MORIJA — In an attempt to uplift the tourism industry in Lesotho, Morija Museum and Archives (MMA) will improve and expand its infrastructure so as to make Morija a vibrant hub for the arts, culture and heritage.
According to vision 2020, tourism should become the major generator of income and opportunities in Lesotho.
For this aspiration to be realised, a lot more will need to be invested in arts, heritage, culture and entertainment to make Lesotho a more dynamic and interesting destination with the youth being in the forefront of the developments.
MMA is making a significant impact in outreach programmes, research, and publishing.
The project Seriti sa Morija seeks to revamp the overall contribution of Morija’s living heritage, arts ,skills development and tourism in Lesotho, the museum’s curator Stephen Gill told the Weekender on Monday.
“The Seriti sa Morija Project focuses on upgrading and expanding the facilities of the museum and its institution, the Morija Arts Centre. Also included is the development of a media centre and improvement of the Heritage Park and the amphitheatre to create a larger cultural precinct stretching from the arts centre to the museum. It is estimated to cost M13.6 million.
“Together these can play an even larger role in fostering creativity and a variety of modern products and activities that will enhance Morija as a vibrant cultural hub. Other components of the project seek to expand and add value to the growing network of heritage and tourism sites associated with Morija.”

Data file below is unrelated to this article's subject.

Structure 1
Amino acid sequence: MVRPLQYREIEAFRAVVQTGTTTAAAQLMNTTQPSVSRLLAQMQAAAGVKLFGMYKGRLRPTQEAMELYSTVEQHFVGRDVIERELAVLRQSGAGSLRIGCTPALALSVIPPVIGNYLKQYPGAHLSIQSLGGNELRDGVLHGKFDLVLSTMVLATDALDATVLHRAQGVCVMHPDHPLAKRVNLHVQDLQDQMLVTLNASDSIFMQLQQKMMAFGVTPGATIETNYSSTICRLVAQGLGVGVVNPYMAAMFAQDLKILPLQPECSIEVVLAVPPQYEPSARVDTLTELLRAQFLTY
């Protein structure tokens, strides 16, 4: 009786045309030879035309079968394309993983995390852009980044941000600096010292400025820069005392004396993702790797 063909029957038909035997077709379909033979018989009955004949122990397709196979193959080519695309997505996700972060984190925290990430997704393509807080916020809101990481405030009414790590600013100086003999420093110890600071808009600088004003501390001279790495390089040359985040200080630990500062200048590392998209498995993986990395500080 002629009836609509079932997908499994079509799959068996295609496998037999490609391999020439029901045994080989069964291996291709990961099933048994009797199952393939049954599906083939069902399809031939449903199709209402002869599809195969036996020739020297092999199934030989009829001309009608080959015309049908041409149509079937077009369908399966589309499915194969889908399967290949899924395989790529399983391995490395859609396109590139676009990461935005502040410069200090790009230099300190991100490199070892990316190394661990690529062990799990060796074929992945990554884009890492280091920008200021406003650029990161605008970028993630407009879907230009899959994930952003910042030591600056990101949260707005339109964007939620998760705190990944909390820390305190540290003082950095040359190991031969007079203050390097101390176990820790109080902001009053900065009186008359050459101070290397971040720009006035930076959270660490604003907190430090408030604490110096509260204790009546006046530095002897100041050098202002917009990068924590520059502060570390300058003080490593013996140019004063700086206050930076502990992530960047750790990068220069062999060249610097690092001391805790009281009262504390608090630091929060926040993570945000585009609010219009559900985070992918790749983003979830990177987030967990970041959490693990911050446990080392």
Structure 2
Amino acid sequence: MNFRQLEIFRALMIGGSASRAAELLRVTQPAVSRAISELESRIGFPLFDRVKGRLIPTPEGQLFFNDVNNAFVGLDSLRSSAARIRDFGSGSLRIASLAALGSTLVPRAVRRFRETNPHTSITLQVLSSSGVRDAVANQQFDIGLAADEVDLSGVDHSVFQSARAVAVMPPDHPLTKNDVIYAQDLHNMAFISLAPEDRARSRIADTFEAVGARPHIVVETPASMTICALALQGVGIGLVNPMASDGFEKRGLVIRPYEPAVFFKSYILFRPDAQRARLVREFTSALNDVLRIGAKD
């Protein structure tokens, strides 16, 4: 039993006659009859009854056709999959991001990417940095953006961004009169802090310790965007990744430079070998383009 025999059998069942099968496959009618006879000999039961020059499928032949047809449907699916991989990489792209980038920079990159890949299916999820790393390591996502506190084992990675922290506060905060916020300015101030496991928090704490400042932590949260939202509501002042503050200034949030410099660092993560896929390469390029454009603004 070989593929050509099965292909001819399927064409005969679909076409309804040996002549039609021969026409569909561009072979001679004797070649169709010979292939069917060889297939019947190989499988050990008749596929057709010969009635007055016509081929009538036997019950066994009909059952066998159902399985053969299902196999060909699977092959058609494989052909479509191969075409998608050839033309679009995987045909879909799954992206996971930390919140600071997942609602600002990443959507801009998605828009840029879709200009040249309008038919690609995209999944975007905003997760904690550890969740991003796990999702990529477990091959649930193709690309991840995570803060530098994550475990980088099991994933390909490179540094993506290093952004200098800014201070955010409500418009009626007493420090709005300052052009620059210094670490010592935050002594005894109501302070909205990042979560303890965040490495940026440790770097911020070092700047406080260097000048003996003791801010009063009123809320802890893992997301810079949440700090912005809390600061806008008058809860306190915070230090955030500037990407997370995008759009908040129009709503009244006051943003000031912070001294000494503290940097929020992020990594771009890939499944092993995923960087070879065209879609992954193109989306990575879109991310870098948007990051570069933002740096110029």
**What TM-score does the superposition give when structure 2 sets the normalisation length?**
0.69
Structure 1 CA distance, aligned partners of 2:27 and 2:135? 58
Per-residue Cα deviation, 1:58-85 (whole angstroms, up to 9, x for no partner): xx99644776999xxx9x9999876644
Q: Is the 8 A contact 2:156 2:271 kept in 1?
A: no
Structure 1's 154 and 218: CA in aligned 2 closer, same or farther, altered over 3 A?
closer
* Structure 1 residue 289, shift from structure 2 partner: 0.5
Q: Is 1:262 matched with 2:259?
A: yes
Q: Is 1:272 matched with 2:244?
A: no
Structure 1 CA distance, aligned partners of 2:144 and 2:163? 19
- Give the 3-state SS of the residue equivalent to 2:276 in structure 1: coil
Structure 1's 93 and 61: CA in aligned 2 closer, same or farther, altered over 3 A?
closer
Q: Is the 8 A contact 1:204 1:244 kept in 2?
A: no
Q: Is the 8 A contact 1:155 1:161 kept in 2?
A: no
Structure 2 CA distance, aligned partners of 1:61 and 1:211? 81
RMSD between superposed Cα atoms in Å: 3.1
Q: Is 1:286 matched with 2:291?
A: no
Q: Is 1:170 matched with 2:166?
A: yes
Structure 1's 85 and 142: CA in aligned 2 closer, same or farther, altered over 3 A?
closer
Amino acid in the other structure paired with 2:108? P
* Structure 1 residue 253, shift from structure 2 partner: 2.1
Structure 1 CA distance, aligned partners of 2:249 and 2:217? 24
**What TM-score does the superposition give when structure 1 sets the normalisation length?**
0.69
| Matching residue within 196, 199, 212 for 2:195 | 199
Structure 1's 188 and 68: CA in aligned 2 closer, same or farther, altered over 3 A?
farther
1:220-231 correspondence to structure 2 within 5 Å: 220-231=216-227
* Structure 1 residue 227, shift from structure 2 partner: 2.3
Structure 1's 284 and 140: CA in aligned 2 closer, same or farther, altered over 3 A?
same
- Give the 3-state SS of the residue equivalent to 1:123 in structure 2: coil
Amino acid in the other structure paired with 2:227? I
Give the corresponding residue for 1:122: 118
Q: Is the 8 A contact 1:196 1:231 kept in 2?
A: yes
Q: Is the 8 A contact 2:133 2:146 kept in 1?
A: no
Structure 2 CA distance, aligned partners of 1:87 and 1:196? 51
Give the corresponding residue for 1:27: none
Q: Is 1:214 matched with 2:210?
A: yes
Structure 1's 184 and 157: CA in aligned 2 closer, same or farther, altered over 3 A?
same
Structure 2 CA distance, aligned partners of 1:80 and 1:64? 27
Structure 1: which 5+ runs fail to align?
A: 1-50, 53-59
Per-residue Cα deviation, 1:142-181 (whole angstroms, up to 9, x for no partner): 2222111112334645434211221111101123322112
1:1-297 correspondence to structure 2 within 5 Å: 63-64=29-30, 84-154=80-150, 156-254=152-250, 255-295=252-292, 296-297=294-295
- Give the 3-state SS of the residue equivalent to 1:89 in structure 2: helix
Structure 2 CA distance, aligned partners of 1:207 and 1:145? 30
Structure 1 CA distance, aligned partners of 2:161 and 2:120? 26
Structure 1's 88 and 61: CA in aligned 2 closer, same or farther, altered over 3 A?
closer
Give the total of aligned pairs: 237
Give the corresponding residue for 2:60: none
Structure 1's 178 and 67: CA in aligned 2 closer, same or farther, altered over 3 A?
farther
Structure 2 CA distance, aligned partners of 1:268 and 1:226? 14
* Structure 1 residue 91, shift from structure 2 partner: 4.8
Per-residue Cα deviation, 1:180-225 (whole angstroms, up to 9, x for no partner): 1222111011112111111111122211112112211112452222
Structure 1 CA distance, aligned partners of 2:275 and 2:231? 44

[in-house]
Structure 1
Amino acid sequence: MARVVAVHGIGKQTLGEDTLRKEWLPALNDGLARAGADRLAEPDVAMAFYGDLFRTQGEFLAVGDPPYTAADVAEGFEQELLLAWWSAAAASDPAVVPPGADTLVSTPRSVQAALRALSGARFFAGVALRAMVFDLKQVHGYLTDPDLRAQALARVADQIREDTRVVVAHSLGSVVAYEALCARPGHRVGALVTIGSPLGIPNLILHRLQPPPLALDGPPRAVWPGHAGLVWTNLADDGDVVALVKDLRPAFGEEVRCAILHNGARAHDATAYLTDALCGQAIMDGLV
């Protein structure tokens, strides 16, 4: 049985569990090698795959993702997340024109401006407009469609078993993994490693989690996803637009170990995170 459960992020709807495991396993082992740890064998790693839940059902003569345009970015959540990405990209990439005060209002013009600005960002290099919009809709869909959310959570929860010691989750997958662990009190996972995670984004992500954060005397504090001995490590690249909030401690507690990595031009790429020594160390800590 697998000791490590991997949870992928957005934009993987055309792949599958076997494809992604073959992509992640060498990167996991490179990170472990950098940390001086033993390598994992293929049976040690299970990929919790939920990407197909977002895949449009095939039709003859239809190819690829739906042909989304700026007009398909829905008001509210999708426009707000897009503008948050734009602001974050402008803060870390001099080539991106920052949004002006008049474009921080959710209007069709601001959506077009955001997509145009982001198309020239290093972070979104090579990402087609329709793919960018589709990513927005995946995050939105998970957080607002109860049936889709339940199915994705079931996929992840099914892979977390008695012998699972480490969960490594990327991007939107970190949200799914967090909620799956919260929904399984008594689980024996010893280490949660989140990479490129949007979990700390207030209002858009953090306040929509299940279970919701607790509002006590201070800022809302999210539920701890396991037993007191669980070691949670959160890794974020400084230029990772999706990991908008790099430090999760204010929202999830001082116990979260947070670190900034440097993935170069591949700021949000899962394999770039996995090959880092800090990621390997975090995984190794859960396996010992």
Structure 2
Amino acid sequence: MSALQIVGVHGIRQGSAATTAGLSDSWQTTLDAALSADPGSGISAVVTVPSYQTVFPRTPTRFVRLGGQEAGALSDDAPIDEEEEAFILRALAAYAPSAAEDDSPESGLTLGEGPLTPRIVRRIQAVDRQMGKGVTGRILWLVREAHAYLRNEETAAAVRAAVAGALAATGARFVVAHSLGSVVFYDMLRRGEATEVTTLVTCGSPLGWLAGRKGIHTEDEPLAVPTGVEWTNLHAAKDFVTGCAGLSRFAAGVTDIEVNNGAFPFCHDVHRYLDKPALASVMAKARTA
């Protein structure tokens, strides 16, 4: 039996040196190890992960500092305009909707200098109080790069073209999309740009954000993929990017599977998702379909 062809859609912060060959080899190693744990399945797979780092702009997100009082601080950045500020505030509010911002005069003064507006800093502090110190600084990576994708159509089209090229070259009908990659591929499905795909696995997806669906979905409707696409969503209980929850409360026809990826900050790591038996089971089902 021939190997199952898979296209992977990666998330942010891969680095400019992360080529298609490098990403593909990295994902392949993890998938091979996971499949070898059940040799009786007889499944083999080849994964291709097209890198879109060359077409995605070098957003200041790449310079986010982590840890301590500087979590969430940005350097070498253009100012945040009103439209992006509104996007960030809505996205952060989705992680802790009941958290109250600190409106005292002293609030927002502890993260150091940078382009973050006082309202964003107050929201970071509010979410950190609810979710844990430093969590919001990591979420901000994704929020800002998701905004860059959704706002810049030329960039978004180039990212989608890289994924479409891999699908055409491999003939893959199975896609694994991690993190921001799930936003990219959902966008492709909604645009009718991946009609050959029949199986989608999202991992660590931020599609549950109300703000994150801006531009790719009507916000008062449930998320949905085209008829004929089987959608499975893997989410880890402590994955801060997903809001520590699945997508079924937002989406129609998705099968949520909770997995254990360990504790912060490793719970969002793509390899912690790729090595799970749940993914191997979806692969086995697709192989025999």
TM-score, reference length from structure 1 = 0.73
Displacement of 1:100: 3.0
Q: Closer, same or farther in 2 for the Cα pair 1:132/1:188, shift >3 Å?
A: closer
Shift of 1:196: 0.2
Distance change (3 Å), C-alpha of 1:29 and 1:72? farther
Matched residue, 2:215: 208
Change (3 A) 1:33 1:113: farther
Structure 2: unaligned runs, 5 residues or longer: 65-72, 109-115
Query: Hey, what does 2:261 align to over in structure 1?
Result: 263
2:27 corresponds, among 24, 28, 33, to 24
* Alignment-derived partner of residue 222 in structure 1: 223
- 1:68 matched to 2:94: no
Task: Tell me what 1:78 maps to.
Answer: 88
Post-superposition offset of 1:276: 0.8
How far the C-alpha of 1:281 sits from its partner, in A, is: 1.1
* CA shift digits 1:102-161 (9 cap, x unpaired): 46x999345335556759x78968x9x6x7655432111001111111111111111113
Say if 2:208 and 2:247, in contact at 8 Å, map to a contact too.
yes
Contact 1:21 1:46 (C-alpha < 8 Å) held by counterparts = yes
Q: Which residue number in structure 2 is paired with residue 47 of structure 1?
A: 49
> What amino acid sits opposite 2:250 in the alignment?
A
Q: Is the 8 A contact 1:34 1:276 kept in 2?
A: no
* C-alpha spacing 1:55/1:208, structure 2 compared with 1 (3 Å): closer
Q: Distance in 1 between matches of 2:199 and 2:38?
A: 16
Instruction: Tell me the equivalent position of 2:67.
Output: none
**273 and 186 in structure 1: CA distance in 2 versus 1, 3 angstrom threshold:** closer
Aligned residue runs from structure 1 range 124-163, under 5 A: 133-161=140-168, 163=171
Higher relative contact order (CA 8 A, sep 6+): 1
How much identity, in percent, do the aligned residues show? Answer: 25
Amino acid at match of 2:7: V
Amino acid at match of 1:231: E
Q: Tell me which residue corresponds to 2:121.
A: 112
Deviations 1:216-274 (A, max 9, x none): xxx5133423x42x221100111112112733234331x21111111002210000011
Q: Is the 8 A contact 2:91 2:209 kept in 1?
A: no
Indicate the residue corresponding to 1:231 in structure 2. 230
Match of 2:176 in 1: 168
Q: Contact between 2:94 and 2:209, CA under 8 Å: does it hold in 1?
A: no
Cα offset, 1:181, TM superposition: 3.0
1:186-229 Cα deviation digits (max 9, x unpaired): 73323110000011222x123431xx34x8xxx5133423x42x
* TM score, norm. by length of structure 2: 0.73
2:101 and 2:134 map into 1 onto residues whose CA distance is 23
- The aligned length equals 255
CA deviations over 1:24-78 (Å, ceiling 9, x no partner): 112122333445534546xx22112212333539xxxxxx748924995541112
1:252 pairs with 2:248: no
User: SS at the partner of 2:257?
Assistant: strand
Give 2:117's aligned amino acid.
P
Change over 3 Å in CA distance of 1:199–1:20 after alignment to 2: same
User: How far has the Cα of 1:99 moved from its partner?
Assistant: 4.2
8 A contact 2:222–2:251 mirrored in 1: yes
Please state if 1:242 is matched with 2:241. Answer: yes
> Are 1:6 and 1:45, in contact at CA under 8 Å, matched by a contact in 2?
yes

As a site of national importance, Morija was established in 1833 by French Protestant missionaries in partnership with Morena Moshoeshoe I, the founder of Basotho nation.
Over the following decades it has become a key centre for education, leadership development and nation building, bestowing upon it the title “The Well-spring of Learning” (Selibeng sa thuto).
“Many people now understand more clearly that there is no future without culture. Friends of Morija Museum have developed a range of activities in conjunction with the museum staff.
These promote greater understanding and appreciation of art, culture, literature and history, as well as assisting in raising funds to support the programmes and projects of Morija Museum.
“Greater strides have been made by MMA in programme development over the past two decades. Significant growth has occurred in the number of heritage and tourism stakeholders in the Morija-Matsieng area, such that new possibilities are now emerging,” Gill said.
The main components of the project are anticipated to take three to four years to complete, making the facilities fully functional by 2017.
The core components of the project include expansion of exhibition space and modernising display designs to make them more interactive and dynamic.
Enhancing storage facilities and improving space for sales as well as developing the museum’s website are also part of the expansion project.